4th of July. Fireworks. Gotta have some. They do a fireworks display around Delaware. We have not been. Too busy and don’t want to hassle the crowd. It’s not that crowded. But when two cars is enough to make a traffic jam….it is a bit crowded in the summer. I searched out some fireworks images. I’ve posted the same before. Technical tip: use a tripod and use an exposure of about 3-4 seconds at around f16. It’s a lot better than handheld and 1/30 sec. Practice and review. Digital gives you instant feedback. It’s another fun skill to master. Lazy? I just went back and got the most recent images I put 3 star upon.
These new generation of bridges use a different looking suspension system. Some architect made it work and it is the only new type of bridge built that I see nowadays. I first saw one in Maine. It was so picturesque and impressive. Then there are a few when I drive north in Delaware. New York builds bridges and has been engaged in some major bridge projects. This created monumental traffic jams. The Kosciusko bridge jam is legendary. Before and during, there’s never been a time we passed that we didn’t sit in traffic. But I have digressed. These new style bridges, they are just the best photo ops!
Closest point to the earth, eclipse, Indian lore – first full moon in January. Super – when the moon and earth are closest to one another. Blood – the appearance when the earth has eclipsed the moon. Wolf – Indian tribes refer to the first full moon in January. I probably most likely have some of this mixed up enough to confuse you. No matter. It was a full moon with a lunar eclipse during the time when the earth and moon were closest to one another. I might add the temperature dropped and it was windy – bitter cold standing there to get images.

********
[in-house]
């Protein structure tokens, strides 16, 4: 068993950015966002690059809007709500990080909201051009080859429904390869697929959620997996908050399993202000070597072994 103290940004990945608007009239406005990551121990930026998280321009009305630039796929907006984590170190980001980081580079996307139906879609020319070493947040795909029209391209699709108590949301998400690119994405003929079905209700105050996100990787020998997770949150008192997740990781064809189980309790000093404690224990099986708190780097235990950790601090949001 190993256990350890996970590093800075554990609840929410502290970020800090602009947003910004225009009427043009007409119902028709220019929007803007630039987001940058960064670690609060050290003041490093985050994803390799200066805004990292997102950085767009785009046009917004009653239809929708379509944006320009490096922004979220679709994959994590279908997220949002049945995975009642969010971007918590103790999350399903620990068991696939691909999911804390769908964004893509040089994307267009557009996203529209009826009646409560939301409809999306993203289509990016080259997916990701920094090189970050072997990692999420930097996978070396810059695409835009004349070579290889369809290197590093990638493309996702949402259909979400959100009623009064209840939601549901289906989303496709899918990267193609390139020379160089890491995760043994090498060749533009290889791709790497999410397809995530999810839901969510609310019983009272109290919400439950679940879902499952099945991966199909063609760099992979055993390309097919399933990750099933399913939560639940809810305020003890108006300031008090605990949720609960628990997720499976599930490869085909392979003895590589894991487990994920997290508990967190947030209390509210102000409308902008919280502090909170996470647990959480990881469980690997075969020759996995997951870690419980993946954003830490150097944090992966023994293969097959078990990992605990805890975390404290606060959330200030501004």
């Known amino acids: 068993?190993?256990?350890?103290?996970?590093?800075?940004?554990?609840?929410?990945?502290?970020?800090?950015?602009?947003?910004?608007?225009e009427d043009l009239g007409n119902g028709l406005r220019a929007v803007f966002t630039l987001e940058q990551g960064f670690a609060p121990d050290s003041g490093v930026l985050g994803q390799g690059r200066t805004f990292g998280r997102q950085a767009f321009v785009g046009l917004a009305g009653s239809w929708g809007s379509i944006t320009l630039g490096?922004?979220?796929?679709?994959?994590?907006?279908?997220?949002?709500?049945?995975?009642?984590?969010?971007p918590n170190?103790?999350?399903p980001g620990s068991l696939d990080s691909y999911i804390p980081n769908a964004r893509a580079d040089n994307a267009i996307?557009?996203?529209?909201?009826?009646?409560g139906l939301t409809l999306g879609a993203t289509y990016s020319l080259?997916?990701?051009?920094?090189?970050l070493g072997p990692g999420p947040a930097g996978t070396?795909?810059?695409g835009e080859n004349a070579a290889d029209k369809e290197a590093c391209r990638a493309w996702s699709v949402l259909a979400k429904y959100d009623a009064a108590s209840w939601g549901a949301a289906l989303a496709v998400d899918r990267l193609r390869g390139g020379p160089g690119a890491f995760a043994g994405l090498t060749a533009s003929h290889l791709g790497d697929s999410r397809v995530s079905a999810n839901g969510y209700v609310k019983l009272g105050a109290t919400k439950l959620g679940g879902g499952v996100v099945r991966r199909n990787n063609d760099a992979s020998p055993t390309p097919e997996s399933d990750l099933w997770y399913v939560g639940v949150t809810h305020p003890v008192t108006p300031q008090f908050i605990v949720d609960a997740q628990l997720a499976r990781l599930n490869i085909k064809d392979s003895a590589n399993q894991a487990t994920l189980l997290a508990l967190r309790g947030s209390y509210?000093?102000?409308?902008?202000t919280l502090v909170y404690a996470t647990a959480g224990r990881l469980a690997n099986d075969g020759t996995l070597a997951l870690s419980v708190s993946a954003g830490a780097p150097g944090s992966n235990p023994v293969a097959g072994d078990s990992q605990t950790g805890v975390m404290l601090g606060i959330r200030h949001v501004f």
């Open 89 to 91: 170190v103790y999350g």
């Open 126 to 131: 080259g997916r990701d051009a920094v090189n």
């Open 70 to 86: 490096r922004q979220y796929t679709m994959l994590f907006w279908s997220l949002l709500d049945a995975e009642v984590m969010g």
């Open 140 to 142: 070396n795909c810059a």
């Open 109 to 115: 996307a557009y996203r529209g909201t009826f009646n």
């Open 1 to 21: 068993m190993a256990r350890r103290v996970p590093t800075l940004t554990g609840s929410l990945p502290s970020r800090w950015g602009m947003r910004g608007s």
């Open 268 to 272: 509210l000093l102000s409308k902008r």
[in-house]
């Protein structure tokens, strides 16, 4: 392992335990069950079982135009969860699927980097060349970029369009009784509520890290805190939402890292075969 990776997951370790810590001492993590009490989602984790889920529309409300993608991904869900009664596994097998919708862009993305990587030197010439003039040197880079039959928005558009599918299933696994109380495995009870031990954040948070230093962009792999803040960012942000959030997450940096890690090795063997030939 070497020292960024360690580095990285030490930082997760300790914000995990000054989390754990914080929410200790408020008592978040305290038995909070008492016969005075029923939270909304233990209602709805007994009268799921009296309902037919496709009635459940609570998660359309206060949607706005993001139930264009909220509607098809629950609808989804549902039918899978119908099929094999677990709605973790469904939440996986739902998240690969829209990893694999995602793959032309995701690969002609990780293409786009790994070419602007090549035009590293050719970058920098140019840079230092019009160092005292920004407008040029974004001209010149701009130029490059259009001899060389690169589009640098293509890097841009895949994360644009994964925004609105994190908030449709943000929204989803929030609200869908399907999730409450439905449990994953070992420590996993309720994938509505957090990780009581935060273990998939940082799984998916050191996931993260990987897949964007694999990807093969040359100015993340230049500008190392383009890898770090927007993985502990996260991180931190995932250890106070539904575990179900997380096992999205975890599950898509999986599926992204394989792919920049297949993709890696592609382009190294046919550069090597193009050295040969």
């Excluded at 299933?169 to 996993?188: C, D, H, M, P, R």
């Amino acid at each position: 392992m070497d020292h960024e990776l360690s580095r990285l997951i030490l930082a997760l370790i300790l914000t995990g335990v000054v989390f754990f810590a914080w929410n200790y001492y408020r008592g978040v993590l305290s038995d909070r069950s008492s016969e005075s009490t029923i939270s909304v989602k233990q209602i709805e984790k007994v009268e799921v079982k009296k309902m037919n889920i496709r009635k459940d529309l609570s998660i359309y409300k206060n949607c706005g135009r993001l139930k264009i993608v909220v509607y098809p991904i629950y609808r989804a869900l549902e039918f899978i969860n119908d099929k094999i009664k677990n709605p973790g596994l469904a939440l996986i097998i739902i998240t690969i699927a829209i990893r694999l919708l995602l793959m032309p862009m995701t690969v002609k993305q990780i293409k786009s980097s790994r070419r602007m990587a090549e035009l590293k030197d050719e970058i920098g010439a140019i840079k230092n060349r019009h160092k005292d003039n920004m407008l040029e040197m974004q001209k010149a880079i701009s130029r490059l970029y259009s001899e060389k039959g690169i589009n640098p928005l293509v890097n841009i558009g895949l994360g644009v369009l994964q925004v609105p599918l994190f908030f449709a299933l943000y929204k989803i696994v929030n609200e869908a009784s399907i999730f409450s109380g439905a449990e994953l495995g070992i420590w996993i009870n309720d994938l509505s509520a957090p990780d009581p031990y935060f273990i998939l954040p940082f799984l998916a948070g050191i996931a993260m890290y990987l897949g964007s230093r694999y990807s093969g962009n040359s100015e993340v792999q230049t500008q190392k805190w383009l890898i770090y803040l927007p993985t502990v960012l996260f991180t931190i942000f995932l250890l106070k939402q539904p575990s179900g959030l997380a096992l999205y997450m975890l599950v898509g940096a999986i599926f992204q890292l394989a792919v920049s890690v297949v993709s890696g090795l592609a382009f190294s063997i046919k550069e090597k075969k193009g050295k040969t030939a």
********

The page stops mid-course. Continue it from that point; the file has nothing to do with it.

The moon is made of cheese and the mouse took a bite from the lower part until it ate/covered the moon. At that point I could see but not photograph the orange (red) moon. Tripod! And then long exposure, with the wind howling, it was near impossible. I could not get a sharp clear image of the moon.
Aha! Let the camera do the work. Darn! I let the ISO go to 6400, f 5.3, 1/4 second. It’s not sharp and there’s plenty of noise. But, I do have detail and color. Blood moon! Let me tell you it was cold! But then again there was little haze. That’s all good? Right?
To the new baby granddaughter (as yet unnamed on the night this was shot), this was the moon on the night you were born.
Red’s is an institution in Wiscasset, Maine.The place is crowded day and night. It sits on a choke point at a bridge crossing. i haven’t tried the food – hot dogs. There is absolutely no appeal to standing on a line in Maine.